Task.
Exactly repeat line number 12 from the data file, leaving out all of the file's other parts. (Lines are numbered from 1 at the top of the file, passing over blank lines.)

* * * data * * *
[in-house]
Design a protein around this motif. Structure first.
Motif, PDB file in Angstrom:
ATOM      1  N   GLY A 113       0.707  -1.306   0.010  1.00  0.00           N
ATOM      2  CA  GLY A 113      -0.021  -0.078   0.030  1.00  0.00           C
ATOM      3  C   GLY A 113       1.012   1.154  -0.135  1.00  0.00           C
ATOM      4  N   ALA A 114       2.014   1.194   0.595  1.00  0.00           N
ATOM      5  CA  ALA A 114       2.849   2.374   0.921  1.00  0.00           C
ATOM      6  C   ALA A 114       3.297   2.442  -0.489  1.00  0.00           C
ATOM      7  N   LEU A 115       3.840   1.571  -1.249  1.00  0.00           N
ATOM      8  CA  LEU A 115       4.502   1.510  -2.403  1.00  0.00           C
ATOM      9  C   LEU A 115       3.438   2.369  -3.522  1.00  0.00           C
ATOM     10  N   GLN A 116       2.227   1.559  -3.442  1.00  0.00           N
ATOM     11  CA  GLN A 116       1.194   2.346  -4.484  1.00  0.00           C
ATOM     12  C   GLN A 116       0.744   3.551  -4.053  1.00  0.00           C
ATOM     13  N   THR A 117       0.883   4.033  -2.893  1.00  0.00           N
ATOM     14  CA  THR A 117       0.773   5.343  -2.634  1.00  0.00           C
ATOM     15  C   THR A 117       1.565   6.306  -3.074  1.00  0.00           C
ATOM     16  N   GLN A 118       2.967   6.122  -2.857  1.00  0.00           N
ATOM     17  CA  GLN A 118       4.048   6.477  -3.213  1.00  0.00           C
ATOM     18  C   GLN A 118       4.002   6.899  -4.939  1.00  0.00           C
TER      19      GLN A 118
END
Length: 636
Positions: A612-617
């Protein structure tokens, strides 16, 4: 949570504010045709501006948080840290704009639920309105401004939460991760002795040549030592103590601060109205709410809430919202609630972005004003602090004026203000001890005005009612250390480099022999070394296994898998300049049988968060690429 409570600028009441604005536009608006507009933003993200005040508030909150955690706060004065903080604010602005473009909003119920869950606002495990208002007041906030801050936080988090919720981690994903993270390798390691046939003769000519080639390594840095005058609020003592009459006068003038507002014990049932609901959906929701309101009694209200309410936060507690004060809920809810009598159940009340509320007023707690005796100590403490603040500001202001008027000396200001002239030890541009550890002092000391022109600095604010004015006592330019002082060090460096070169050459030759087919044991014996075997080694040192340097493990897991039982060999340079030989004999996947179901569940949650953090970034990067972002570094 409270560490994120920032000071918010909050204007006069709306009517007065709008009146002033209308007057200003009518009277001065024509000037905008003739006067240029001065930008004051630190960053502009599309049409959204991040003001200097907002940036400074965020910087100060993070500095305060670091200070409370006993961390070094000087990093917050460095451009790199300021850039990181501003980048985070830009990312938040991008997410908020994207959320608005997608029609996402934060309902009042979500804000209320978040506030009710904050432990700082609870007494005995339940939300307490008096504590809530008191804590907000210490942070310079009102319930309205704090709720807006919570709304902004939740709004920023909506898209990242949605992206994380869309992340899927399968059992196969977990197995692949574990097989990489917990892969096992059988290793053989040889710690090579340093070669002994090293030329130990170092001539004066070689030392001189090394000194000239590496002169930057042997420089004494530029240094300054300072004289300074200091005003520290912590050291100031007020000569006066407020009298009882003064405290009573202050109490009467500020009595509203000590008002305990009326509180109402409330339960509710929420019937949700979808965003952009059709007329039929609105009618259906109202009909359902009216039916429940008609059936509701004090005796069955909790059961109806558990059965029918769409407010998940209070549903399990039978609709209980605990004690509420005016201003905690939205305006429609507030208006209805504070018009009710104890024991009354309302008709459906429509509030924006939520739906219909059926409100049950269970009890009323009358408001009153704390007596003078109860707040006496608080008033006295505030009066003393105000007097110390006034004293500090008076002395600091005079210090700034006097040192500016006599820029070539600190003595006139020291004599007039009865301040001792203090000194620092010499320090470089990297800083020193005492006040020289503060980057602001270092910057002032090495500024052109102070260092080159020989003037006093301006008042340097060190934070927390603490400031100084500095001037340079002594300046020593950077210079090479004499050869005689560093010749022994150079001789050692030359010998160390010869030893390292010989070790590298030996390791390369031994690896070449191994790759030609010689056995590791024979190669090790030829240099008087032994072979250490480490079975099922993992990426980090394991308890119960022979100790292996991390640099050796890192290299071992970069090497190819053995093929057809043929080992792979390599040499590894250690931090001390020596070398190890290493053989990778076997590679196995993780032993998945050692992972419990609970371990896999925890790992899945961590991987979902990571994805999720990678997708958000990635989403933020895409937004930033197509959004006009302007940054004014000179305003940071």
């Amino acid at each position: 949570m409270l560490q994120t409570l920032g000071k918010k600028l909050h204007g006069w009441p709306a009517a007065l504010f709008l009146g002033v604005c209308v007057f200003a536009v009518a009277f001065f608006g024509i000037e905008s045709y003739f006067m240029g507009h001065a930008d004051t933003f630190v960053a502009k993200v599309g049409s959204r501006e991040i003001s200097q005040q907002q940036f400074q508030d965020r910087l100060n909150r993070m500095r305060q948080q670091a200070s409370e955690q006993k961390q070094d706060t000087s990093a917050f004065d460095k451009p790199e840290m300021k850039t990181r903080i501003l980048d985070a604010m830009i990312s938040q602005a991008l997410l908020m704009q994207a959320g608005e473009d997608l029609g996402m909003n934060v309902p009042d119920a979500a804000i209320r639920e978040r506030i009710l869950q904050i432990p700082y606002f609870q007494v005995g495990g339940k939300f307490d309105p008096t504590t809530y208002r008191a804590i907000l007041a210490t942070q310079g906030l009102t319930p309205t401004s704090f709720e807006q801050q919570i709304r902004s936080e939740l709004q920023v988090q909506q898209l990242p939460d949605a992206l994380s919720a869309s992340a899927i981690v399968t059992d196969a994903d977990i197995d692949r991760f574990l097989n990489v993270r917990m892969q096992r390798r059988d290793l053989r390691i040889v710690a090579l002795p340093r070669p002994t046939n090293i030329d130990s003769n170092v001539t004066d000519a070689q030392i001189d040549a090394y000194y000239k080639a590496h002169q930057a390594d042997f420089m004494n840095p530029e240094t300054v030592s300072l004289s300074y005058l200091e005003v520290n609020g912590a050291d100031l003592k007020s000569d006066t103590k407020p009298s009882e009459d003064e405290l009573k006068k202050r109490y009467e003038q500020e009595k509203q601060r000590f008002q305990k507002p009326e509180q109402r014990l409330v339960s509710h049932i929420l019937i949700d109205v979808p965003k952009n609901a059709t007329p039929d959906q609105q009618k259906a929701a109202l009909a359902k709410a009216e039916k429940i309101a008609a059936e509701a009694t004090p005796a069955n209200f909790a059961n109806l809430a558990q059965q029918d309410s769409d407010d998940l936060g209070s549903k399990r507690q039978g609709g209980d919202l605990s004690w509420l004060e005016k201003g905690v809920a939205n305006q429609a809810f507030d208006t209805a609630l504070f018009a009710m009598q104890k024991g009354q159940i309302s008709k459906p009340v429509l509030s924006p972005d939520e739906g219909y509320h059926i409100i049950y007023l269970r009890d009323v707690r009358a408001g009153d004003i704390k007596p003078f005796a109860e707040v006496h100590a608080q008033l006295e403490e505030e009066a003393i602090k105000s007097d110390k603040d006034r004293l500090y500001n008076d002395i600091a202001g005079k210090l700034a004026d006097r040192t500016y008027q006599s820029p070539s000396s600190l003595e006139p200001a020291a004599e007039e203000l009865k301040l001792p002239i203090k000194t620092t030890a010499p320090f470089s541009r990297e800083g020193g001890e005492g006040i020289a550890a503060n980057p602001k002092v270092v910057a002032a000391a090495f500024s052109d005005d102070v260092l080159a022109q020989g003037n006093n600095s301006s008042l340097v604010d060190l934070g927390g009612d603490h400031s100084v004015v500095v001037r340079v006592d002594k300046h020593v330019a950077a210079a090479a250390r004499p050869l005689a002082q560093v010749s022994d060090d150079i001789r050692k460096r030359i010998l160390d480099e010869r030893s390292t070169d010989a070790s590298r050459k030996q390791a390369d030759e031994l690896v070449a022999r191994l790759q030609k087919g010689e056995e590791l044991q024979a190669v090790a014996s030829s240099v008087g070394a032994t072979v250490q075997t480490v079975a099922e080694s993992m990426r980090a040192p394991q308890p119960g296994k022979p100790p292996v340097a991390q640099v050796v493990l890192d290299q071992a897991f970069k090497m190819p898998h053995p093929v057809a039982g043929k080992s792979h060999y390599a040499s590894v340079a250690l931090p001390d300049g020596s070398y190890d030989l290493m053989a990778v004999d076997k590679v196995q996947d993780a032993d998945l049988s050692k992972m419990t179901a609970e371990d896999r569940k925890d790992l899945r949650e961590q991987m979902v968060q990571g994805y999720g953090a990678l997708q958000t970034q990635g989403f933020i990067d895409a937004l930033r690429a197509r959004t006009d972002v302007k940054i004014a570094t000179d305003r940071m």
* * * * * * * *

ATOM      9  C   LEU A 115       3.438   2.369  -3.522  1.00  0.00           C